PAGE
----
Going keto means adopting a high-fat, low-carb diet. Often, the reason for taking on a keto diet is to starve the body of the carbohydrate energy that’s readily available and push it into utilizing fat as a primary source of fuel.  

Most runners rely on carbs to generate energy, and are, therefore, skeptical about trying keto. To them, going keto translates to reduced energy levels. For others, the whole process of figuring out keto recipes is a put-off. 

While a keto diet might affect your energy levels, this only happens as your body transitions from using carb as the primary energy source to becoming a fat burner. Once this process is complete, the energy levels peak again. 

As a runner, you can boost your energy levels by exploring different keto diet ideas available on sites like eatpropergood.com. If you’ve not tried keto yet, here are five reasons why you can consider to do so: 

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1. Build Fat Adaptation

If you’ve ever hit the wall in a running event, then you know what it feels like to run out of energy. When you’re pushing your body harder in the long run, it derives most of its power from the glycogen reserves created from the carbs you eat. Once your body exhausts these reserves, it needs to turn to another energy source to keep you going, which is fat. 

But, this isn’t an obvious transition. If your body isn’t accustomed to utilizing fat as an energy source, you’ll hit the wall once you exhaust the glycogen reserves. As such, your body will struggle to switch from glycogen to fat suddenly, a factor that’ll affect your performance negatively. 

Going on a keto diet helps your body to adapt to switching from glycogen to fat energy sources. Once it becomes fat-adapted, the hitting-the-wall challenge will disappear gradually. This means your energy levels will last for an extended period, and you can run for hours without getting fatigued, resulting in improved performance. 

2. Sleep Better

When your body is in ketosis mode, you’ll find yourself sleeping better. When you retire to bed, you’ll sleep faster. Mornings will feel good, and you’ll be ready to kick off your day right away. Early morning routines, like gym and running sessions, will become a breeze because you won’t experience low energy or hunger pangs. 

3. Burn Excess Fat

Every runner wants to burn excess fat and build muscle instead. While running is one of the most effective ways to burn excess fat, going on a keto diet helps fast-track the process even more. You’ll maintain strength and build muscle by cutting down on your carb intake and increasing protein, fat, and vegetable intake. As the body gets accustomed to the keto diet, you’ll likely develop great lean muscles.  If you’re not sure which foods to eat, search the Internet for sites that specialize on keto diet, such as eatpropergood.com. You’ll be surprised at the recipe ideas available on their website.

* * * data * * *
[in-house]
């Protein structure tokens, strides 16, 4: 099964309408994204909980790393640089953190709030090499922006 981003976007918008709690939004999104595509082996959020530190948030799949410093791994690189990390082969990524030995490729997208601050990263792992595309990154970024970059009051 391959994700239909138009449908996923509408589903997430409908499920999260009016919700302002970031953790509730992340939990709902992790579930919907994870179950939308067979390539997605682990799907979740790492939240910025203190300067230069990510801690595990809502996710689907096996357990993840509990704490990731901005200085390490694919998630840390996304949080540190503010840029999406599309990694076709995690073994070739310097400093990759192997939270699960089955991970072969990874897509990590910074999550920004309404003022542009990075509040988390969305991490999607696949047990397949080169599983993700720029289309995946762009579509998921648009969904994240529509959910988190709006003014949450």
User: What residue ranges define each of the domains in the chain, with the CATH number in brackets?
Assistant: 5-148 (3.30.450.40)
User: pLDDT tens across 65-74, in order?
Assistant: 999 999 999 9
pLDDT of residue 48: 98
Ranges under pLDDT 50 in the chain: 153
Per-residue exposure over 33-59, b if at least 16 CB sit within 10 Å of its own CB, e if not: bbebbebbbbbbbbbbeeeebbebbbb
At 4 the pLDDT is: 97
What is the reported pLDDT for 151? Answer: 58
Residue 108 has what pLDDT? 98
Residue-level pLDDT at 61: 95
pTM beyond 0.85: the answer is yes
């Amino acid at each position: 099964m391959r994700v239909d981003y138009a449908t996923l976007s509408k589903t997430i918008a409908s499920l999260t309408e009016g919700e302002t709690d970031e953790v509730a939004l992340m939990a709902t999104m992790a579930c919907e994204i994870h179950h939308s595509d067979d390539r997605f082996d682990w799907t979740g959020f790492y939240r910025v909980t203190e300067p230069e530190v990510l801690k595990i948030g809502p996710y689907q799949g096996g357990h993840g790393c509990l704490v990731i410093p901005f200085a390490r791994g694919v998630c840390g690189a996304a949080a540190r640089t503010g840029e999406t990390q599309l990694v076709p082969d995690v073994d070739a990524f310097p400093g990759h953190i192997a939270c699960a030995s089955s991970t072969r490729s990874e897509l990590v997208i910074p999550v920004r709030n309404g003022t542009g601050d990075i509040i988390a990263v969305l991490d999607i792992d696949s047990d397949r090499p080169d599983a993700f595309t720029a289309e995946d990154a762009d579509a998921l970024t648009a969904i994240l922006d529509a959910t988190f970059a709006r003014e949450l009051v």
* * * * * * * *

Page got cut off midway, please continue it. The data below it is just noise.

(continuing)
4. Increase Energy Levels

The initial days of going keto are never easy. You’ll find yourself struggling from the drop in energy levels as your body is starved of carbs. But, this state isn’t permanent. As you continue with the diet and your body learns to convert fat into energy, your energy levels will begin to peak again. 

By the time you’re done with keto, your energy levels will be much smoother, meaning they’ll flow more steadily, with fewer ups and downs. 

Furthermore, the slump experience that many runners experience during afternoon sessions disappears when you go on a keto diet. Although you’ll get tired and require some time to relax and recover, a keto diet goes a long way in giving you mental clarity and keeping you energized throughout the day.

5. Boost Brain And Heart Health

The keto diet offers numerous health benefits to runners. A low-carb, high-fat diet has the potential to remove pre-cancerous cells from the body. Going on a keto diet two to three times a year can boost your heart health by lowering oxidative stress and reducing inflammation. Furthermore, this type of diet can enhance the ability of brain cells to protect you from neurodegenerative conditions, like Alzheimer’s disease, and keep stroke at bay. 

Final Thoughts

As a high-fat, low-carb diet, keto is mainly associated with weight loss. It’s viewed as the ideal diet for people looking to burn the excess fat they’ve accumulated in their bodies. But, this isn’t necessarily true. Anyone, including runners, can benefit significantly from keto diet. Runners who reduce their carb intake train their bodies to use fat as an additional energy source once they exhaust their glycogen energy reserves. This translates to prolonged and highly improved performance for them.

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